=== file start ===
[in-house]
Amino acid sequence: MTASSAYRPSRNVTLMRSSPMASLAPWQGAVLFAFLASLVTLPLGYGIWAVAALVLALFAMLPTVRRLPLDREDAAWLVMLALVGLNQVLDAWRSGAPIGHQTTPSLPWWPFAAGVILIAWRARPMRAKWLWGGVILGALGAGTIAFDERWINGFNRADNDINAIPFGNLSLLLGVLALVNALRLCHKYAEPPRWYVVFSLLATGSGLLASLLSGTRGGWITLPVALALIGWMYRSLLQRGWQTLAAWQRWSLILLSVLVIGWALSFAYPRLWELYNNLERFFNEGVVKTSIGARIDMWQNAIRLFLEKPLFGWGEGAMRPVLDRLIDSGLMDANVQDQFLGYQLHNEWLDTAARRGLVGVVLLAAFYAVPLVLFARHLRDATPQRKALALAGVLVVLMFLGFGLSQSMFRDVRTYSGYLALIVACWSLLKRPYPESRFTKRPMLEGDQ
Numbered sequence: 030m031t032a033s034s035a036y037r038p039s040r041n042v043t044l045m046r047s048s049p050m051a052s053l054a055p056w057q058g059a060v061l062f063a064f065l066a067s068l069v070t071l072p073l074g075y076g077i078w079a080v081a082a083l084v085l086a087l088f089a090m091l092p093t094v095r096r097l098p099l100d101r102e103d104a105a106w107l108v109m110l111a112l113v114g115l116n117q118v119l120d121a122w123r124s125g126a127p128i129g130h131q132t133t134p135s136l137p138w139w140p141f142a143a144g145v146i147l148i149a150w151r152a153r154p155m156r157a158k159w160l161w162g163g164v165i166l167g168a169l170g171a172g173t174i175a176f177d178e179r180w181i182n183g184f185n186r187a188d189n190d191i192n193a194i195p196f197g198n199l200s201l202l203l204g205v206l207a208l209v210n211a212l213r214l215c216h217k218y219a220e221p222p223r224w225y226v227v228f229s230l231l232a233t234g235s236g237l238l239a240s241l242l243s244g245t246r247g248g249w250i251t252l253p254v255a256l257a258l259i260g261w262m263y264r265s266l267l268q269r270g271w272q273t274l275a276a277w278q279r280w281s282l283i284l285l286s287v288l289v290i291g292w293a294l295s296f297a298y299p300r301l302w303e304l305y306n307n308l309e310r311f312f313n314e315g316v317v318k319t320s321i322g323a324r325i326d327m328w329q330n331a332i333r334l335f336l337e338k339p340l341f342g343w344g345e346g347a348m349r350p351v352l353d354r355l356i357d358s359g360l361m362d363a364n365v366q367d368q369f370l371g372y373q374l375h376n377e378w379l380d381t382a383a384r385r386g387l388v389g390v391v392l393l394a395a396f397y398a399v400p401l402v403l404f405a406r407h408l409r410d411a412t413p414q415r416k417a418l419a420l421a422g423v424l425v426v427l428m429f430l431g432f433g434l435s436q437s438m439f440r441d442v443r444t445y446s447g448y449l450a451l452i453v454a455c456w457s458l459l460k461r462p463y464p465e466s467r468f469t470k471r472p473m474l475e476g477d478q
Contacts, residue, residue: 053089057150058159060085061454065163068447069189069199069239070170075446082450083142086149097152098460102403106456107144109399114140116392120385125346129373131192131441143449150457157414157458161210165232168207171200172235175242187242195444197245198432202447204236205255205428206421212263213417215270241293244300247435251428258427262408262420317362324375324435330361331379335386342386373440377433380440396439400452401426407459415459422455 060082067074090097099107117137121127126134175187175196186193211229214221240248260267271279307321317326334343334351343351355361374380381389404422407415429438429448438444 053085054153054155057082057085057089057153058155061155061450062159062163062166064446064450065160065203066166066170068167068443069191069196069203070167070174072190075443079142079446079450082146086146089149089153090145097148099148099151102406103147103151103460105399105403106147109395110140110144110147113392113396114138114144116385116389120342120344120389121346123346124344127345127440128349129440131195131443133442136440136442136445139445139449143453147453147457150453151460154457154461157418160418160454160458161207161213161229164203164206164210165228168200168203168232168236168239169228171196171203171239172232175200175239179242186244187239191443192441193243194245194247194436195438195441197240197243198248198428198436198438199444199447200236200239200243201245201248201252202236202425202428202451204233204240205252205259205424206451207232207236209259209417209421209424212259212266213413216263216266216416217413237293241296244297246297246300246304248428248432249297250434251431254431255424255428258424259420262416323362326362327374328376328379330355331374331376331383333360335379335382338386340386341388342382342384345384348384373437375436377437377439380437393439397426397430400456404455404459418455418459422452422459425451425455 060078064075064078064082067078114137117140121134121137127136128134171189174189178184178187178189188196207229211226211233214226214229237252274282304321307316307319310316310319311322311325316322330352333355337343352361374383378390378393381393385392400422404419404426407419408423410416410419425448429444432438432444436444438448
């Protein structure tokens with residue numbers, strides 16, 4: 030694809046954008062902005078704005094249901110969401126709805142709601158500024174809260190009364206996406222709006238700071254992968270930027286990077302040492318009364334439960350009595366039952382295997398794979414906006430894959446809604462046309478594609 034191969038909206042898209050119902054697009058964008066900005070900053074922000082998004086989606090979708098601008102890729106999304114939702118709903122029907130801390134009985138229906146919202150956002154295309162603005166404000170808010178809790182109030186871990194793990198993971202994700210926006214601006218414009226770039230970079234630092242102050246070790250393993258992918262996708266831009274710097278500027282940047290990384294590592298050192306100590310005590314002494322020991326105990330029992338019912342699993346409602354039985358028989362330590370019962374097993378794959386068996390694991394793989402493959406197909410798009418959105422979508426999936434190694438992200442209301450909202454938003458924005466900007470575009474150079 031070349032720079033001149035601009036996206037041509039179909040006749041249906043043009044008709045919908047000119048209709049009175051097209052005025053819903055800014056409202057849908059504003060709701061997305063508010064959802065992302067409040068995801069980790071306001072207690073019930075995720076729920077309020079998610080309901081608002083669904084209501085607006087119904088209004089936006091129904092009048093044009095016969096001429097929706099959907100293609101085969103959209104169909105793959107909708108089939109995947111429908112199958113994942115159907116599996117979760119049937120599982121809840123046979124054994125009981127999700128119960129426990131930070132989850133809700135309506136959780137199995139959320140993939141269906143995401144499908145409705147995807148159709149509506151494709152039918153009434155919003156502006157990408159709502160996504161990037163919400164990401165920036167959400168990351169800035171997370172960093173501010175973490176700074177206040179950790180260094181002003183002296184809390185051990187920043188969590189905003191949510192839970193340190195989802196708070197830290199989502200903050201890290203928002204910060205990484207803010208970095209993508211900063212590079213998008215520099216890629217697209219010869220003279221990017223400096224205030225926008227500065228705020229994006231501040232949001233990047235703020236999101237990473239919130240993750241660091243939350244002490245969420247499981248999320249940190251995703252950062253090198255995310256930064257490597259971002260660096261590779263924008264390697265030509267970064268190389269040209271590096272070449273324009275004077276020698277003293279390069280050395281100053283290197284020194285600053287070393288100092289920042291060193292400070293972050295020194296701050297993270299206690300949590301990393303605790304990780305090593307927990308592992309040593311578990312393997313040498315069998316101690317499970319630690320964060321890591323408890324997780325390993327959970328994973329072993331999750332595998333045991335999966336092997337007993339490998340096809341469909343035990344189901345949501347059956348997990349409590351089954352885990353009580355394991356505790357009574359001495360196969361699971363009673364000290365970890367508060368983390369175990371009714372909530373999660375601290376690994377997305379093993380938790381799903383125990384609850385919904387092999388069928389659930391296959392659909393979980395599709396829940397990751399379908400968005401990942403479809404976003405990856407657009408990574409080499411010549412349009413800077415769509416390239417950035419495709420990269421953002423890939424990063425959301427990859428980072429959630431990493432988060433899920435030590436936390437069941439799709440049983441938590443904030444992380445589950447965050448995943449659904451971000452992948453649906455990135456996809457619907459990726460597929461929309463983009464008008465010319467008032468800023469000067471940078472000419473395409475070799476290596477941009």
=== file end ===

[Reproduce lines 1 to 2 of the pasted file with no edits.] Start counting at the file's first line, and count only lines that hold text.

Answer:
[in-house]
Amino acid sequence: MTASSAYRPSRNVTLMRSSPMASLAPWQGAVLFAFLASLVTLPLGYGIWAVAALVLALFAMLPTVRRLPLDREDAAWLVMLALVGLNQVLDAWRSGAPIGHQTTPSLPWWPFAAGVILIAWRARPMRAKWLWGGVILGALGAGTIAFDERWINGFNRADNDINAIPFGNLSLLLGVLALVNALRLCHKYAEPPRWYVVFSLLATGSGLLASLLSGTRGGWITLPVALALIGWMYRSLLQRGWQTLAAWQRWSLILLSVLVIGWALSFAYPRLWELYNNLERFFNEGVVKTSIGARIDMWQNAIRLFLEKPLFGWGEGAMRPVLDRLIDSGLMDANVQDQFLGYQLHNEWLDTAARRGLVGVVLLAAFYAVPLVLFARHLRDATPQRKALALAGVLVVLMFLGFGLSQSMFRDVRTYSGYLALIVACWSLLKRPYPESRFTKRPMLEGDQ